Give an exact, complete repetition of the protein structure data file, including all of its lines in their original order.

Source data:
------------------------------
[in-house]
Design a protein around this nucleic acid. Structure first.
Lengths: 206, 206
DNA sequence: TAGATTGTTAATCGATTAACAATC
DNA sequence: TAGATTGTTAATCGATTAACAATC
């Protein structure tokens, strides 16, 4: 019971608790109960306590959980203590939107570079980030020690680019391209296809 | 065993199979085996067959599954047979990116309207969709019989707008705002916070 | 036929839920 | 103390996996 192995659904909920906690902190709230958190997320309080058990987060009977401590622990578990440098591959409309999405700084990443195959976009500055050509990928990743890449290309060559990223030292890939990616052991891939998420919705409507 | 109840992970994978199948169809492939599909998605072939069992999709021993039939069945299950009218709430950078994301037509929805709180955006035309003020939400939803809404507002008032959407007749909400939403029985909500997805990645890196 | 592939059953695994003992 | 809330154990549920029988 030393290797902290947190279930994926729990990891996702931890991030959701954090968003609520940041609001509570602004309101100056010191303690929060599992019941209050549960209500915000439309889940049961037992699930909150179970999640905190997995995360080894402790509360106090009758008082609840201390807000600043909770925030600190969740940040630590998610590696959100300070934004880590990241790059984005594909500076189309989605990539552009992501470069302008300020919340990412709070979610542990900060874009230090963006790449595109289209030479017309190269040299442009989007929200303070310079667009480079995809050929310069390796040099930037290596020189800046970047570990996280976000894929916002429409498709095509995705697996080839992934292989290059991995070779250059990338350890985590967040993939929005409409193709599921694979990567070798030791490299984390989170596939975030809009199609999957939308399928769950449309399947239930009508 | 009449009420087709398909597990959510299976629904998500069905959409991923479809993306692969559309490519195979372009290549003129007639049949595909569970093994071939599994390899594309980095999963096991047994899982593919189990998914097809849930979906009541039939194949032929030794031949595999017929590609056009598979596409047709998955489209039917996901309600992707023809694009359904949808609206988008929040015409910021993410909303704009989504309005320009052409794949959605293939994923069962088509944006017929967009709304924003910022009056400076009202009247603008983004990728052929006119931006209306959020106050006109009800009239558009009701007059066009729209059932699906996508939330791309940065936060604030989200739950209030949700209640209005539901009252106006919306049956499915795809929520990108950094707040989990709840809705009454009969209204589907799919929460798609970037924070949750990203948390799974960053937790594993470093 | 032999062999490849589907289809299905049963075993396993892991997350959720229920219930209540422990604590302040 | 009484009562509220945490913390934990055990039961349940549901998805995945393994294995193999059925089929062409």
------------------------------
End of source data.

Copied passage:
[in-house]
Design a protein around this nucleic acid. Structure first.
Lengths: 206, 206
DNA sequence: TAGATTGTTAATCGATTAACAATC
DNA sequence: TAGATTGTTAATCGATTAACAATC
């Protein structure tokens, strides 16, 4: 019971608790109960306590959980203590939107570079980030020690680019391209296809 | 065993199979085996067959599954047979990116309207969709019989707008705002916070 | 036929839920 | 103390996996 192995659904909920906690902190709230958190997320309080058990987060009977401590622990578990440098591959409309999405700084990443195959976009500055050509990928990743890449290309060559990223030292890939990616052991891939998420919705409507 | 109840992970994978199948169809492939599909998605072939069992999709021993039939069945299950009218709430950078994301037509929805709180955006035309003020939400939803809404507002008032959407007749909400939403029985909500997805990645890196 | 592939059953695994003992 | 809330154990549920029988 030393290797902290947190279930994926729990990891996702931890991030959701954090968003609520940041609001509570602004309101100056010191303690929060599992019941209050549960209500915000439309889940049961037992699930909150179970999640905190997995995360080894402790509360106090009758008082609840201390807000600043909770925030600190969740940040630590998610590696959100300070934004880590990241790059984005594909500076189309989605990539552009992501470069302008300020919340990412709070979610542990900060874009230090963006790449595109289209030479017309190269040299442009989007929200303070310079667009480079995809050929310069390796040099930037290596020189800046970047570990996280976000894929916002429409498709095509995705697996080839992934292989290059991995070779250059990338350890985590967040993939929005409409193709599921694979990567070798030791490299984390989170596939975030809009199609999957939308399928769950449309399947239930009508 | 009449009420087709398909597990959510299976629904998500069905959409991923479809993306692969559309490519195979372009290549003129007639049949595909569970093994071939599994390899594309980095999963096991047994899982593919189990998914097809849930979906009541039939194949032929030794031949595999017929590609056009598979596409047709998955489209039917996901309600992707023809694009359904949808609206988008929040015409910021993410909303704009989504309005320009052409794949959605293939994923069962088509944006017929967009709304924003910022009056400076009202009247603008983004990728052929006119931006209306959020106050006109009800009239558009009701007059066009729209059932699906996508939330791309940065936060604030989200739950209030949700209640209005539901009252106006919306049956499915795809929520990108950094707040989990709840809705009454009969209204589907799919929460798609970037924070949750990203948390799974960053937790594993470093 | 032999062999490849589907289809299905049963075993396993892991997350959720229920219930209540422990604590302040 | 009484009562509220945490913390934990055990039961349940549901998805995945393994294995193999059925089929062409």